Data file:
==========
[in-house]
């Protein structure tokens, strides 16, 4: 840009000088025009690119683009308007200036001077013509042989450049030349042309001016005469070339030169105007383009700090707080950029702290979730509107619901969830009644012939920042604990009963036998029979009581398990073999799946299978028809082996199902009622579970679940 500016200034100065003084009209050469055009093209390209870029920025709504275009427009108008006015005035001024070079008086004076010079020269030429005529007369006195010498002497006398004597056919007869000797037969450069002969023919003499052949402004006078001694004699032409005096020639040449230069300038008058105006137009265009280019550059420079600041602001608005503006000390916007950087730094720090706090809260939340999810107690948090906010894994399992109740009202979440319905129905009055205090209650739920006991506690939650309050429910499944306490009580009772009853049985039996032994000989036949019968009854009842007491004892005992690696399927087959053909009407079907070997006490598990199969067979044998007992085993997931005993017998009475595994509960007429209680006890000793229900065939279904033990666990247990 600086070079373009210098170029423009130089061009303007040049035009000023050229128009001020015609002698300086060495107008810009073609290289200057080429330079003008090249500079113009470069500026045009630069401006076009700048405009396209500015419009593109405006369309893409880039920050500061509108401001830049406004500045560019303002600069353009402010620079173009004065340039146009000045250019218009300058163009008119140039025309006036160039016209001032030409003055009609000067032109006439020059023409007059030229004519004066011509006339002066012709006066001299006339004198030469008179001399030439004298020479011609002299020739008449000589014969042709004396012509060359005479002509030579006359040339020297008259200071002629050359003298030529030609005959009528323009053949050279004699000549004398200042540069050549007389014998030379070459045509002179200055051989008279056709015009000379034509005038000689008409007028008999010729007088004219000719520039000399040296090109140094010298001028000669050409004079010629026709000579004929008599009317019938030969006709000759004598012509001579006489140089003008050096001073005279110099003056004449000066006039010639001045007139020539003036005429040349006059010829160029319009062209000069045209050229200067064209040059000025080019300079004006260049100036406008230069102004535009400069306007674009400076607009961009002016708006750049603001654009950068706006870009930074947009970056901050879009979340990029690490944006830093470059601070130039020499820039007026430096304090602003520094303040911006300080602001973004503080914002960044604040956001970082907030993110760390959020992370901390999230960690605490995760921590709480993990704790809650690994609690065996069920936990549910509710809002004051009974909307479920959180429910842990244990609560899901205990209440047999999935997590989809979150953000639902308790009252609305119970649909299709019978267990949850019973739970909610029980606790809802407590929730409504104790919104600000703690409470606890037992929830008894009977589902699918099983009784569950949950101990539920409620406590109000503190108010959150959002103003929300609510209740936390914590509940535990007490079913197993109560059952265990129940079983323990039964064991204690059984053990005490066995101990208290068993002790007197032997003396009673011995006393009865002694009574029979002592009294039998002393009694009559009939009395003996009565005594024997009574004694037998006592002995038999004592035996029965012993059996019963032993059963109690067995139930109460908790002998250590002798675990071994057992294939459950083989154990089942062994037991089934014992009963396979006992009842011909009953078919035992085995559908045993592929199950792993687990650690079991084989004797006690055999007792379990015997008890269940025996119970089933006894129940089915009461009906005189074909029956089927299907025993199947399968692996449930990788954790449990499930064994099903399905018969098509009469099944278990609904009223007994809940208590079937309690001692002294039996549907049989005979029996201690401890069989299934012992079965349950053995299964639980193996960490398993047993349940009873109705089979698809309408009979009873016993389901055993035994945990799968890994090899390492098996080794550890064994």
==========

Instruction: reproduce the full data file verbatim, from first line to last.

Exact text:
[in-house]
């Protein structure tokens, strides 16, 4: 840009000088025009690119683009308007200036001077013509042989450049030349042309001016005469070339030169105007383009700090707080950029702290979730509107619901969830009644012939920042604990009963036998029979009581398990073999799946299978028809082996199902009622579970679940 500016200034100065003084009209050469055009093209390209870029920025709504275009427009108008006015005035001024070079008086004076010079020269030429005529007369006195010498002497006398004597056919007869000797037969450069002969023919003499052949402004006078001694004699032409005096020639040449230069300038008058105006137009265009280019550059420079600041602001608005503006000390916007950087730094720090706090809260939340999810107690948090906010894994399992109740009202979440319905129905009055205090209650739920006991506690939650309050429910499944306490009580009772009853049985039996032994000989036949019968009854009842007491004892005992690696399927087959053909009407079907070997006490598990199969067979044998007992085993997931005993017998009475595994509960007429209680006890000793229900065939279904033990666990247990 600086070079373009210098170029423009130089061009303007040049035009000023050229128009001020015609002698300086060495107008810009073609290289200057080429330079003008090249500079113009470069500026045009630069401006076009700048405009396209500015419009593109405006369309893409880039920050500061509108401001830049406004500045560019303002600069353009402010620079173009004065340039146009000045250019218009300058163009008119140039025309006036160039016209001032030409003055009609000067032109006439020059023409007059030229004519004066011509006339002066012709006066001299006339004198030469008179001399030439004298020479011609002299020739008449000589014969042709004396012509060359005479002509030579006359040339020297008259200071002629050359003298030529030609005959009528323009053949050279004699000549004398200042540069050549007389014998030379070459045509002179200055051989008279056709015009000379034509005038000689008409007028008999010729007088004219000719520039000399040296090109140094010298001028000669050409004079010629026709000579004929008599009317019938030969006709000759004598012509001579006489140089003008050096001073005279110099003056004449000066006039010639001045007139020539003036005429040349006059010829160029319009062209000069045209050229200067064209040059000025080019300079004006260049100036406008230069102004535009400069306007674009400076607009961009002016708006750049603001654009950068706006870009930074947009970056901050879009979340990029690490944006830093470059601070130039020499820039007026430096304090602003520094303040911006300080602001973004503080914002960044604040956001970082907030993110760390959020992370901390999230960690605490995760921590709480993990704790809650690994609690065996069920936990549910509710809002004051009974909307479920959180429910842990244990609560899901205990209440047999999935997590989809979150953000639902308790009252609305119970649909299709019978267990949850019973739970909610029980606790809802407590929730409504104790919104600000703690409470606890037992929830008894009977589902699918099983009784569950949950101990539920409620406590109000503190108010959150959002103003929300609510209740936390914590509940535990007490079913197993109560059952265990129940079983323990039964064991204690059984053990005490066995101990208290068993002790007197032997003396009673011995006393009865002694009574029979002592009294039998002393009694009559009939009395003996009565005594024997009574004694037998006592002995038999004592035996029965012993059996019963032993059963109690067995139930109460908790002998250590002798675990071994057992294939459950083989154990089942062994037991089934014992009963396979006992009842011909009953078919035992085995559908045993592929199950792993687990650690079991084989004797006690055999007792379990015997008890269940025996119970089933006894129940089915009461009906005189074909029956089927299907025993199947399968692996449930990788954790449990499930064994099903399905018969098509009469099944278990609904009223007994809940208590079937309690001692002294039996549907049989005979029996201690401890069989299934012992079965349950053995299964639980193996960490398993047993349940009873109705089979698809309408009979009873016993389901055993035994945990799968890994090899390492098996080794550890064994």